“Sark-nado” Jack Sarkos co-leads Pac-12 in men’s soccer scoring pace
After scoring a goal for UCLA men’s soccer, graduate student forward Jack Sarkos performs his “Sark-nado” celebration with fellow graduate students, midfielders Sean Karani and Ryan Becher. (Daily Bruin file photo)
Sept. 22, 2023 1:55 p.m.
One name has been synonymous with the Bruins’ attacking efforts in their first five games.
“Everybody should want to come and see the ‘Sark-nado’ scoring goals for us,” said coach Ryan Jorden.
Graduate student forward Jack Sarkos is off to a goal-scoring start that puts him above the rest of UCLA men’s soccer’s roster this season – in addition to last year’s Bruins’ squad.
Sarkos has scored five goals in five matches – a total higher than any Bruin scored across the 2022 season– following through every ball in the net with a signature celebration: dancing like a shark.
After every goal, the Lehigh transfer places his hands in front of his forehead to make a shape akin to a shark’s fin as he runs around the corner flags toward the UCLA bench to celebrate further with his teammates.
“It’s kind of taken off,” said midfielder Tucker Lepley. “It’s funny that we call him ‘Sark attack.’ That’s literally his contact name on my phone.”
The redshirt junior said Sarkos has led the change of pace from last season’s attacking efforts. He added that having a teammate who can play a true nine has paid dividends early in the season.
However, Sarkos’ goal-scoring efforts did not begin in Westwood.
During his last two seasons at Lehigh, Sarkos scored 16 goals and was the Mountain Hawks’ leading scorer. His efforts led the Patriot League to honor Sarkos by naming him to the All-Patriot League First Team for both campaigns.
Lehigh was also where Sarkos met his teammate Noah Sutherland. The graduate student goalkeeper, who enrolled at UCLA in 2022 and joined the program this year, said he remembers talking to Sarkos when he entered the transfer portal.
“I felt like he was something that we were missing,” Sutherland said. “I almost made a promise to him that, you know, if he came here, he would fit into the system.”
Fit into the system, he did, Sutherland said.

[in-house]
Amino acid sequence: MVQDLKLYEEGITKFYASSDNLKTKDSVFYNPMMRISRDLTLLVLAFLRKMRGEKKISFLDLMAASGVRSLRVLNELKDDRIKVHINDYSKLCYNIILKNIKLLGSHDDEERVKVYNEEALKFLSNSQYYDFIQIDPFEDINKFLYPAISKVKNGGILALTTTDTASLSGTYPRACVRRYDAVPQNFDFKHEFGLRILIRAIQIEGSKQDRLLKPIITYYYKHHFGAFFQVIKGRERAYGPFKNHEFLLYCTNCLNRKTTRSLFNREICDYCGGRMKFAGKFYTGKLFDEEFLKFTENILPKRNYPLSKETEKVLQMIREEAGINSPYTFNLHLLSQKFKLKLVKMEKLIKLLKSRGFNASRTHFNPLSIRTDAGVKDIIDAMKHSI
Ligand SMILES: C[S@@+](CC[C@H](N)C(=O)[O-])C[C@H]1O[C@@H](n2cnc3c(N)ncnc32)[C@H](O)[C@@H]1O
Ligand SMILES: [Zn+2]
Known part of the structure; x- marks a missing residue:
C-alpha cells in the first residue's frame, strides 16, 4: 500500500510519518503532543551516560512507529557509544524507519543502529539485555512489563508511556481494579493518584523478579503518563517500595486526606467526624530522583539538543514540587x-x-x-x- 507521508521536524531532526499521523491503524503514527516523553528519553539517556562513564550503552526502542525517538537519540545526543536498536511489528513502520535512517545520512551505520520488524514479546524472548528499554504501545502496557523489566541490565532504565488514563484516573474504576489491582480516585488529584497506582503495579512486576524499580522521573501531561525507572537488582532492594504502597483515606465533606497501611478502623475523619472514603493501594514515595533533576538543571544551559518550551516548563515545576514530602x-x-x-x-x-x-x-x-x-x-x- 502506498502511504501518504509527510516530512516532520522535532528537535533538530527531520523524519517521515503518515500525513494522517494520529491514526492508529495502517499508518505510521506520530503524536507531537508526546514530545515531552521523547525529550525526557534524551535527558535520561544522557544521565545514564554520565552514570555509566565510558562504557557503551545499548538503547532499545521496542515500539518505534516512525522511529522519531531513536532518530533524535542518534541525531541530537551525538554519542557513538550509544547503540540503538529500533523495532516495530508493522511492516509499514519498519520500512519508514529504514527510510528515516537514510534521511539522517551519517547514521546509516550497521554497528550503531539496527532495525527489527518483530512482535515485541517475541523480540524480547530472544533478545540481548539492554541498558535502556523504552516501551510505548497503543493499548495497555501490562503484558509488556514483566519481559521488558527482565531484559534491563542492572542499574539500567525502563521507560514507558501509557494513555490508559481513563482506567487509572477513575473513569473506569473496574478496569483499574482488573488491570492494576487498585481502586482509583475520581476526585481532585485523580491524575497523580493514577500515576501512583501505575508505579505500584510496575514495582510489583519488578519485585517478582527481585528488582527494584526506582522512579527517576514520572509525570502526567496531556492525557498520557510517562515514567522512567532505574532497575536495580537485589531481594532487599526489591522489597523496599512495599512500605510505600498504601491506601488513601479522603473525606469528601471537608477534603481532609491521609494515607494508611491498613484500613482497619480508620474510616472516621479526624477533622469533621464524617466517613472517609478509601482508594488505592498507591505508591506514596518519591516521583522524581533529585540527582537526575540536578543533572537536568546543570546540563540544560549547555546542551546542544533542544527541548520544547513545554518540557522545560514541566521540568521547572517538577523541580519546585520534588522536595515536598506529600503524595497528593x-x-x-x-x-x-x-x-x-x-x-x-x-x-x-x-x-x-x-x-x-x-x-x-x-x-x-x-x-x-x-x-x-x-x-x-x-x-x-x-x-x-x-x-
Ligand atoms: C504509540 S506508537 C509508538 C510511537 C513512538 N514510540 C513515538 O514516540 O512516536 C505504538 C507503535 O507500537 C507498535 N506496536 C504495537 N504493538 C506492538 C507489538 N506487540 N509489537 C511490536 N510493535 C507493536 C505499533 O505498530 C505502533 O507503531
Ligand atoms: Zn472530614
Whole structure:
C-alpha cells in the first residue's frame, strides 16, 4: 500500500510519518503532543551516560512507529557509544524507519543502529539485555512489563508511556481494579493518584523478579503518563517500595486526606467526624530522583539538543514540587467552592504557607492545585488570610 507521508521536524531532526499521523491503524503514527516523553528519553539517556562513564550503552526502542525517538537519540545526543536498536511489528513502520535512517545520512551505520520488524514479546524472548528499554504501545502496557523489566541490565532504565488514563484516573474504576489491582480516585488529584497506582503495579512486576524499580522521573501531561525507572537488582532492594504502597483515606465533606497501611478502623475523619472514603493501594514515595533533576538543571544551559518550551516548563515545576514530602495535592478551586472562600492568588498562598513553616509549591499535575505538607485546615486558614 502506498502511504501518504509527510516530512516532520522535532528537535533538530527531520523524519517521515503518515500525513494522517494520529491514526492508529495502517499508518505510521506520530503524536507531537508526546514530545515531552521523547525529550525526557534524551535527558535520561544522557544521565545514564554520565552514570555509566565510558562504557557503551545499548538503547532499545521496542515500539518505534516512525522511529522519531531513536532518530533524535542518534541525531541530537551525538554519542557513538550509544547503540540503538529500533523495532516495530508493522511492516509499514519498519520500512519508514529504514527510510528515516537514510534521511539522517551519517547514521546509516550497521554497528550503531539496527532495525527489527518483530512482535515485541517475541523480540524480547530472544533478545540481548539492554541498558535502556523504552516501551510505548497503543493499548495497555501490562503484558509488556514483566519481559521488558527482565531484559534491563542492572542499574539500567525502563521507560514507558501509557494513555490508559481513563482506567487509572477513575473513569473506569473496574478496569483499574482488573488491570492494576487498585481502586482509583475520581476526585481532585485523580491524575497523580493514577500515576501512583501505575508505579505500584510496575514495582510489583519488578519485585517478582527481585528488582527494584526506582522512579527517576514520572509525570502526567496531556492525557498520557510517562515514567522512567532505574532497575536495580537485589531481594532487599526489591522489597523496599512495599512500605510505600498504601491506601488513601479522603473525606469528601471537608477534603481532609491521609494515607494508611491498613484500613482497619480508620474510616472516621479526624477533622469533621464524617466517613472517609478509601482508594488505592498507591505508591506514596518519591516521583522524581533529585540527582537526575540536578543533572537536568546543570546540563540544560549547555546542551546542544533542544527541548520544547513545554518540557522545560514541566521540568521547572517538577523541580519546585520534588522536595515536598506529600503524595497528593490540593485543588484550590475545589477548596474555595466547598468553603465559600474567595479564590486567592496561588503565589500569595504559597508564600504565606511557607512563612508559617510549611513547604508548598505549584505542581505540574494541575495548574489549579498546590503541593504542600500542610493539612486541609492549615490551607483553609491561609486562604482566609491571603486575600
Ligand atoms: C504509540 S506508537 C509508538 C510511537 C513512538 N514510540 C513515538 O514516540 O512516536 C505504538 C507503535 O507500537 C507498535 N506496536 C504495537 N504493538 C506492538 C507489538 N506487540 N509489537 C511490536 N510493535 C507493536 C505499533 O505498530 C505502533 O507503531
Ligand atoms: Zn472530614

When Sarkos scored his fifth goal Sept. 9 against Rutgers, he became the fastest Bruin to reach five goals since forward Milan Iloski in 2019. His goal-a-game pace co-leads the Pac-12 alongside Oregon State’s Logan Farrington, as well as second nationally behind Lipscomb’s forward Tyrese Spicer, who holds a slightly higher pace of 1.20.
Jorden said the addition of Sarkos – and his ability to get in the box – led to a change in scheming for the offense.
“We can play a little bit more directly in moments because we feel like we’ve got somebody who can get on the end of it,” Jorden said.
Jorden added that integrating new players into a college system can be challenging, but having somebody who provides the team with goal-scoring confidence significantly influences hegemony early in the season.
Lepley echoed Jorden’s sentiment.
“Having a guy like that on your team, we never feel like we’re out of games,” Lepley said. “We know if we give him one chance or just a half chance, there’s a good chance that he’ll take it.”
While Sarkos was scoreless against Cal State Fullerton, he will attempt to reenter the scoring column at UC Irvine on Saturday before starting conference play next week.
Sutherland added that Sarkos’ hot start to the year has not just brought comfort to the team, but also to himself, as the friend and former teammate who pitched him on coming to Westwood.
“I’m thankful that I didn’t make any empty promises there,” Sutherland said.